Geopolitics

Syria’s 'Day Of Glory' Awaits Demise Of Assad Monarchy

Essay: Syrian-born filmmaker Charif Kiwan provides a Mediterranean history lesson and salutes those daring to defy the regime of Bashar Al-Assad. But he knows the dictator will not cede power easily.

Giant billboard of Assad in Damascus
Giant billboard of Assad in Damascus
Charif Kiwan

I'm writing from Syria. The day of glory (as celebrated in the French Revolutionary anthem "La Marseillaise") is still a long way off. But the flag of freedom is flying high. It was raised by the children who broke the code of silence by writing on their school walls that the king had no clothes. As a result, dozens of these children were arrested in Damascus, Daraa and Alep; hundreds of adults then took to the streets and were in turn arrested or massacred; soldiers refused to shoot at protesters defying the state of emergency that has been in place since 1963. The king stands naked, and the story has reached the end.

But the king is still hanging on, because unlike his other Arab counterparts, the Syrian president has two bodies: the body of a tyrant and the body of a resistance fighter. The first is dying, sick with the same disease that carried off Ben Ali and others. But the second is standing strong, embodying national aspirations fed by the nostalgia of a latter-day Syria cut to pieces by the evil 1916 Sykes-Picot agreements that "remodeled the Middle East."

The first is hated because it is associated with a regime that has turned repression into anthropophagy and nepotism into incest, while the second is the object of a certain national pride. This pride is born out of the endless humiliation the country has endured since the Arab defeat in June 1967, making the young blue-eyed leader, the country's ultimate general, the only Arab leader capable of standing up to the old crusader, George W. Bush. He is also the only Arab leader to support the suicidal guerillas of Hezbollah and Hamas, determined to pave the way for the liberation of Jerusalem. And finally, the only Arab leader claiming to work for the advent of an undivided Arab nation, rid of the Zionist entity.

The king is very much alive. He just has to hide his body of a sick tyrant underneath the one of besieged resistance fighter holding out in a Syrian Masada that he built for himself. I'm worried that once again the whole world will help him out. Of course, in each of their interests, Americans, Europeans and Israelis will be tactful and helpful in order to prevent the region from going up in flames because of the Tehran-Damascus-Hezbollah-Hamas axis, while the Libyan front is still wide open.

As for Syrians they will have to resign themselves to this fate, because they know very well that the Assad regime's fall will come at a price: the implosion of the Syrian republic, this mysterious entity created by the French empire in 1941, which Syrians have tried to turn into a viable state that can somehow reflect their national aspirations.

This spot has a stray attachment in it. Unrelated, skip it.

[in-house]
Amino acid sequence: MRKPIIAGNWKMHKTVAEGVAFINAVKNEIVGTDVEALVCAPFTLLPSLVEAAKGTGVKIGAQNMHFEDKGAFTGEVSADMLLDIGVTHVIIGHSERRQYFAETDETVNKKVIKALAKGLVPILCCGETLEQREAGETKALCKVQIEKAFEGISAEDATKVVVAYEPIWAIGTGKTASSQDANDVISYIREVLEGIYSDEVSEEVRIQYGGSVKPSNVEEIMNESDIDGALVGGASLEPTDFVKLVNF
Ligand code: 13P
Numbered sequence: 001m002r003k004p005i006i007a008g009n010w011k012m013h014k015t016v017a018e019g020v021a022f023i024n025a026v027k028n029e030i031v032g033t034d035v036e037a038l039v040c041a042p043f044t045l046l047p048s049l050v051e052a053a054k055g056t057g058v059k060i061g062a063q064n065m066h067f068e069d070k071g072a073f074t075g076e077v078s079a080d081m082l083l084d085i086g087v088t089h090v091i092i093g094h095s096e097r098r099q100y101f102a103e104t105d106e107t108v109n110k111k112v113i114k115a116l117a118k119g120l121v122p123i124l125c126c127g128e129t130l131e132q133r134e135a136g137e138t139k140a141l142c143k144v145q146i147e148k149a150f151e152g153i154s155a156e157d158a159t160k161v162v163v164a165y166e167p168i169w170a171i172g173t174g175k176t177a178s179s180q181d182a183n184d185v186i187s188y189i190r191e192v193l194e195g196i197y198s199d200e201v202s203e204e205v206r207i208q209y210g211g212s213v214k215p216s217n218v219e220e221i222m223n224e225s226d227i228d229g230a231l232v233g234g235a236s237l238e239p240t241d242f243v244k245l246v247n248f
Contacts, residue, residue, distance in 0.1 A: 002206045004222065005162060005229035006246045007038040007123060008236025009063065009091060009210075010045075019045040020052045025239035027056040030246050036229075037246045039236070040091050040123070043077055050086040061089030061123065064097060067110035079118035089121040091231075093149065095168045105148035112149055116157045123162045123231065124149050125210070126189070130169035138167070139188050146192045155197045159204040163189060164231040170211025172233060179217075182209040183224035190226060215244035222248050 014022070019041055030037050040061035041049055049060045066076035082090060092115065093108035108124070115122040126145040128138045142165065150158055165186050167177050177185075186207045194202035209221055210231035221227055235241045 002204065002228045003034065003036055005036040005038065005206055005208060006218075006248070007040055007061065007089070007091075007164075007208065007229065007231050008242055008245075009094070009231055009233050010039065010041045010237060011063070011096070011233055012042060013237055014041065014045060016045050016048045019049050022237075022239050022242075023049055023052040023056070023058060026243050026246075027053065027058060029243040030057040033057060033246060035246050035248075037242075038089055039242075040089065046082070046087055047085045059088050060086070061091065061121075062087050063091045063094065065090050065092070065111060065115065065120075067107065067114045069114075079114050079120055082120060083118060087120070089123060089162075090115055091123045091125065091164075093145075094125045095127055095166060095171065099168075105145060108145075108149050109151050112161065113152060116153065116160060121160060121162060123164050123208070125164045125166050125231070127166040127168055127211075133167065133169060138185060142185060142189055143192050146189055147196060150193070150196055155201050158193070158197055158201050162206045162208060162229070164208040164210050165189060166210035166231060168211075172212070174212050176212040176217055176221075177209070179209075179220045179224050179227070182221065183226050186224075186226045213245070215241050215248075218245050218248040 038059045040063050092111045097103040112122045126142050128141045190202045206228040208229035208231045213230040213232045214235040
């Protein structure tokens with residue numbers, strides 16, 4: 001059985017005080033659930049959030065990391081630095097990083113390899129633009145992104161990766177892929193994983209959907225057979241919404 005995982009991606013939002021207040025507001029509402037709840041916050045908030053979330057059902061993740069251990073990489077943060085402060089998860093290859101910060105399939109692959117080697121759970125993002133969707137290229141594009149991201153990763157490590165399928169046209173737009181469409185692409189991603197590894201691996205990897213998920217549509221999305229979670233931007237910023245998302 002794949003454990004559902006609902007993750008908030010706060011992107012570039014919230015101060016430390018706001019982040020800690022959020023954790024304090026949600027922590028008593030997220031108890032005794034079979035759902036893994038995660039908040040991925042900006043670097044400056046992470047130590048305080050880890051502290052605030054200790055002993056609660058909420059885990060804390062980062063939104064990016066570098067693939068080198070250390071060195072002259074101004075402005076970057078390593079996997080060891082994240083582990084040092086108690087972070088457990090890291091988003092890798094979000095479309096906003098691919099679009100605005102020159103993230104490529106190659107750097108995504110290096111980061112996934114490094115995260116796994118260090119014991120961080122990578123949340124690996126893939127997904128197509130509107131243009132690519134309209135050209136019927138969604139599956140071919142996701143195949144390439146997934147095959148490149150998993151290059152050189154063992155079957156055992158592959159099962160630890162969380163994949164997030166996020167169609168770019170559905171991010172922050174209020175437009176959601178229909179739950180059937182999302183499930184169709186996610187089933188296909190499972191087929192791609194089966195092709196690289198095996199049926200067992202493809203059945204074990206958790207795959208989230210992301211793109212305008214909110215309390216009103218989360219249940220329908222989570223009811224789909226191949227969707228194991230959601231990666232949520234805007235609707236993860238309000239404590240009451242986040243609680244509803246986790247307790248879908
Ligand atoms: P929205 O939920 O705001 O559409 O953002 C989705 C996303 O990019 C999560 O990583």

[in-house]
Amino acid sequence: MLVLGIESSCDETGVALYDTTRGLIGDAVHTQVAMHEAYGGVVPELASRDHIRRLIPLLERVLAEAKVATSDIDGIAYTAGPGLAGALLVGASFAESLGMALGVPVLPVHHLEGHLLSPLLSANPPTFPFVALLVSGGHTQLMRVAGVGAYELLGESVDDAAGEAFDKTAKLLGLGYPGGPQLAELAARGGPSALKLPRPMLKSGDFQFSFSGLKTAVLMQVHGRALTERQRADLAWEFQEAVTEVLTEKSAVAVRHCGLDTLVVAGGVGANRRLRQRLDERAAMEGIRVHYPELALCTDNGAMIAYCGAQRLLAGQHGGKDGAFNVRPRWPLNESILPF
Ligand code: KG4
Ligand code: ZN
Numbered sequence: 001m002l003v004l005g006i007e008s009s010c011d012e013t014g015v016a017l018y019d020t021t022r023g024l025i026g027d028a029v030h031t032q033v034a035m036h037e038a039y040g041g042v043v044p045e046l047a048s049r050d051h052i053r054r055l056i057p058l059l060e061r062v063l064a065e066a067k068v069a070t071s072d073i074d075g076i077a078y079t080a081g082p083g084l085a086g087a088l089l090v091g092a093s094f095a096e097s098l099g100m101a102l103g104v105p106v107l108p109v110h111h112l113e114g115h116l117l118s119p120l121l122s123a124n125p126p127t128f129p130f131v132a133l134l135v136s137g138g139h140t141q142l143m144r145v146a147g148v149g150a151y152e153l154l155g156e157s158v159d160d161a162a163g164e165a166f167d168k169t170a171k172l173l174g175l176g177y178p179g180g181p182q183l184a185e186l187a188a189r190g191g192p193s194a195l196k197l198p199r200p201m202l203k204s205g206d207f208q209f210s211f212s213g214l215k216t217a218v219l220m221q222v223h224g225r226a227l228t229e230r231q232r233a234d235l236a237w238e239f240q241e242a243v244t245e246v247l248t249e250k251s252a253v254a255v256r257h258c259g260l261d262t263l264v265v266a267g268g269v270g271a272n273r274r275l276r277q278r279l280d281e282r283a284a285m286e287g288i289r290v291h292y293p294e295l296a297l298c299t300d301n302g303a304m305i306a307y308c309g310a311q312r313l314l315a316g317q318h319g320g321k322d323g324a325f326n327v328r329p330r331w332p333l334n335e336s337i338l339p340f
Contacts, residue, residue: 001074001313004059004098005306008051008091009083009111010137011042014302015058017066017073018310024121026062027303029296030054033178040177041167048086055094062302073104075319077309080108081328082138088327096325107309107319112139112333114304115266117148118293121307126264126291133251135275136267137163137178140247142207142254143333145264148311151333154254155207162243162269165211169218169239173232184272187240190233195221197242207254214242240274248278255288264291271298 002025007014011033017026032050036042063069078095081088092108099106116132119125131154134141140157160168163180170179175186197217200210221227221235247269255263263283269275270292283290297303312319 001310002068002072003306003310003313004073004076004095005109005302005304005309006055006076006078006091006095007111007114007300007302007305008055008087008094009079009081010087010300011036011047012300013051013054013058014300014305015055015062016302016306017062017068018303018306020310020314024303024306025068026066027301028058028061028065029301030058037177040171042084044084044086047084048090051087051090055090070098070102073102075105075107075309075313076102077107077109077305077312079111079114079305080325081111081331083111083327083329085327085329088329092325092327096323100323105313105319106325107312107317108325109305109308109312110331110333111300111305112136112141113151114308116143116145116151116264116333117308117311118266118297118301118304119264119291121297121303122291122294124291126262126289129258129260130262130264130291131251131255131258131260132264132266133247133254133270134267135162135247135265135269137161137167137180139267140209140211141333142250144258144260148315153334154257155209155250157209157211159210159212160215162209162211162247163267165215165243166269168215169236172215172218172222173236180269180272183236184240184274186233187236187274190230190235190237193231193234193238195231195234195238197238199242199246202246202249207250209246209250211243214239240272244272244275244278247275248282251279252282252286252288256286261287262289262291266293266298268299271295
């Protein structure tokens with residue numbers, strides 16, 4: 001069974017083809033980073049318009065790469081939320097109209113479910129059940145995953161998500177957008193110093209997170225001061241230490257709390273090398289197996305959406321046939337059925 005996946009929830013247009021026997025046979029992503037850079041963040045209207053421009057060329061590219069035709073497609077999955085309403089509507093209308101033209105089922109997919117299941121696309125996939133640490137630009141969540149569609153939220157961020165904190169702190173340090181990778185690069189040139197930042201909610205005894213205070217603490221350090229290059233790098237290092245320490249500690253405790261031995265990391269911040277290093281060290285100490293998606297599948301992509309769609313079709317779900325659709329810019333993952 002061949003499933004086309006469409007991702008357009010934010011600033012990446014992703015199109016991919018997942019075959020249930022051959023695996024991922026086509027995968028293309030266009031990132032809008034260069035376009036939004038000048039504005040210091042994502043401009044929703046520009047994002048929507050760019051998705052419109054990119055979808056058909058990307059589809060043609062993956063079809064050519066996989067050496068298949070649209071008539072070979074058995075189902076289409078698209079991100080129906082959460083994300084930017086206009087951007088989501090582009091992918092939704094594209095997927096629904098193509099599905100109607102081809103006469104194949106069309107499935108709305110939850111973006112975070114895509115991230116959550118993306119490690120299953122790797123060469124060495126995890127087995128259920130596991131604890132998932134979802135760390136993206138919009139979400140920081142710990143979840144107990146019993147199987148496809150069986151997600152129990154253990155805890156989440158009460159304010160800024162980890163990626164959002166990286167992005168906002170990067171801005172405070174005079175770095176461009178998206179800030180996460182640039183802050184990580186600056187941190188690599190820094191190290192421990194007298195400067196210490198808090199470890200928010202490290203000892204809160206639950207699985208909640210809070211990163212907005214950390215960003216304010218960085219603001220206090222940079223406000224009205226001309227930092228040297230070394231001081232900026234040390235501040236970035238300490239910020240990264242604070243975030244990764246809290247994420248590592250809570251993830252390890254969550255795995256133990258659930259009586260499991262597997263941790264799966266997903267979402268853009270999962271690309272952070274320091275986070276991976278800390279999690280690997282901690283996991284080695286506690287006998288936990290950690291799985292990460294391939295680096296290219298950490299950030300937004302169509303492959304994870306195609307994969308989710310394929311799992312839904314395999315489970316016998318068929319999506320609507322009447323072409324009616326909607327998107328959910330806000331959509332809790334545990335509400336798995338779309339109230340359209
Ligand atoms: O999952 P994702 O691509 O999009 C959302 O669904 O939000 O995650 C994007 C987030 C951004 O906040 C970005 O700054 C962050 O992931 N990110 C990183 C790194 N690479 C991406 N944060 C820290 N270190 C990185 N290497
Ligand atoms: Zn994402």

Despite being misappropriated, distorted, demeaned, these national aspirations are engraved in the souls of Syrians. It's what led them to accept the dictatorship of the Baath party. But the young protesters challenging the emergency laws created by the Baath party half a century ago seem less resigned then their fathers. Their slogans call out against the Syrian regime as well as its anti-Israeli partners, Iran and Hezbollah. These same young people also accuse the army of high treason for deserting the occupied Golan Heights front to defend an illegitimate regime.

The king will only die when he'll no longer have a substitute body at his disposition, when he will no longer be able to use the liberation of some occupied national territory as an excuse, or have a reason to invoke the need for national unity. But this doesn't depend on the children who've taken the initiative of breaking their fathers' chains of voluntary servitude.

Who then does it depend on? Look and you'll see, says the Syrian wise-man Mousa Abadi, who risked his life to save the children of France being hunted down by the militiamen of a certain General Petain (leader of the Vichy government which collaborated with Nazi Germany during WWII).

I'm writing from France. Here, the day of glory has long since arrived. But we have trouble hearing the children on the other side of the Mediterranean, so mistreated by their king now laid bare. The thought haunting us is whether these children wear beards or not, whether they might one day try to invade our lands, whether they favor good relations across the Sea that unites us. We are also busy trying to ease our conscience by waging a just war against a Libyan tyrant to whom we were trying to sell, just a few short years ago, French-made fighter planes and nuclear power plants.

Read the original article in French

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Mariam Nabattu, a religious studies teacher, must work at two schools in central Uganda to make ends meet.

Patricia Lindrio/GPJ Uganda
Edna Namara and Patricia Lindrio

KAMPALA — Allen Asimwe has dedicated more than two decades to teaching geography at a large public high school in southwestern Uganda. Her retirement age, as a public servant entitled to benefits, is just six years away.

She doubts she will wait that long.

“I am determined, I want to quit,” she says, calculating that she could earn more by shifting full time to the salon she opened six years ago to supplement her income. “Given the frustration, I cannot continue in class anymore.”

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